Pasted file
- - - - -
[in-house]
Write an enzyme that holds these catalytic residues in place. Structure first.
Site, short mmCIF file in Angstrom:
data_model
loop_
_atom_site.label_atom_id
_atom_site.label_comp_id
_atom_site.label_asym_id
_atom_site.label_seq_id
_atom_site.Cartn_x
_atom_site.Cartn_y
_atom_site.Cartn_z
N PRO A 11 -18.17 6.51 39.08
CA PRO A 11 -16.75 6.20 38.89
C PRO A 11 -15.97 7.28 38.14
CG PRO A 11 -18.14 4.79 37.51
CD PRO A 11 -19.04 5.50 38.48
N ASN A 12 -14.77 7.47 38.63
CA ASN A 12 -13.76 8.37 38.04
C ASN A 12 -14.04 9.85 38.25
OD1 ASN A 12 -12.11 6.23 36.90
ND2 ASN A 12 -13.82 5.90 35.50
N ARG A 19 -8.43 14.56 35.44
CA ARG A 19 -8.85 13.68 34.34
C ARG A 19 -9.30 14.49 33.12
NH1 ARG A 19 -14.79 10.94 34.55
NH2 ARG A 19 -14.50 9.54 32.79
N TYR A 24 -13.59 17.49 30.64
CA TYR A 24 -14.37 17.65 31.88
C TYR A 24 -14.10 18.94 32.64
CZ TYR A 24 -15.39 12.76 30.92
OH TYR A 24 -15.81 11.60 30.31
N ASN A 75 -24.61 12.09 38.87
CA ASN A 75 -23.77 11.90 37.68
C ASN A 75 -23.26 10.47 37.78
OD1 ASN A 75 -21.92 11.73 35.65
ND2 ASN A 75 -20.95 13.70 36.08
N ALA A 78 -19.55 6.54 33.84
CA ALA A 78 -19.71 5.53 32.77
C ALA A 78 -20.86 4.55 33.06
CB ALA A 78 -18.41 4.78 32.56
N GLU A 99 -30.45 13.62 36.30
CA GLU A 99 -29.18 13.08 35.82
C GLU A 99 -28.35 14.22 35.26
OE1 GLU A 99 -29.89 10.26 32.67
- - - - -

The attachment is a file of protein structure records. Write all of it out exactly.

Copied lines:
[in-house]
Write an enzyme that holds these catalytic residues in place. Structure first.
Site, short mmCIF file in Angstrom:
data_model
loop_
_atom_site.label_atom_id
_atom_site.label_comp_id
_atom_site.label_asym_id
_atom_site.label_seq_id
_atom_site.Cartn_x
_atom_site.Cartn_y
_atom_site.Cartn_z
N PRO A 11 -18.17 6.51 39.08
CA PRO A 11 -16.75 6.20 38.89
C PRO A 11 -15.97 7.28 38.14
CG PRO A 11 -18.14 4.79 37.51
CD PRO A 11 -19.04 5.50 38.48
N ASN A 12 -14.77 7.47 38.63
CA ASN A 12 -13.76 8.37 38.04
C ASN A 12 -14.04 9.85 38.25
OD1 ASN A 12 -12.11 6.23 36.90
ND2 ASN A 12 -13.82 5.90 35.50
N ARG A 19 -8.43 14.56 35.44
CA ARG A 19 -8.85 13.68 34.34
C ARG A 19 -9.30 14.49 33.12
NH1 ARG A 19 -14.79 10.94 34.55
NH2 ARG A 19 -14.50 9.54 32.79
N TYR A 24 -13.59 17.49 30.64
CA TYR A 24 -14.37 17.65 31.88
C TYR A 24 -14.10 18.94 32.64
CZ TYR A 24 -15.39 12.76 30.92
OH TYR A 24 -15.81 11.60 30.31
N ASN A 75 -24.61 12.09 38.87
CA ASN A 75 -23.77 11.90 37.68
C ASN A 75 -23.26 10.47 37.78
OD1 ASN A 75 -21.92 11.73 35.65
ND2 ASN A 75 -20.95 13.70 36.08
N ALA A 78 -19.55 6.54 33.84
CA ALA A 78 -19.71 5.53 32.77
C ALA A 78 -20.86 4.55 33.06
CB ALA A 78 -18.41 4.78 32.56
N GLU A 99 -30.45 13.62 36.30
CA GLU A 99 -29.18 13.08 35.82
C GLU A 99 -28.35 14.22 35.26
OE1 GLU A 99 -29.89 10.26 32.67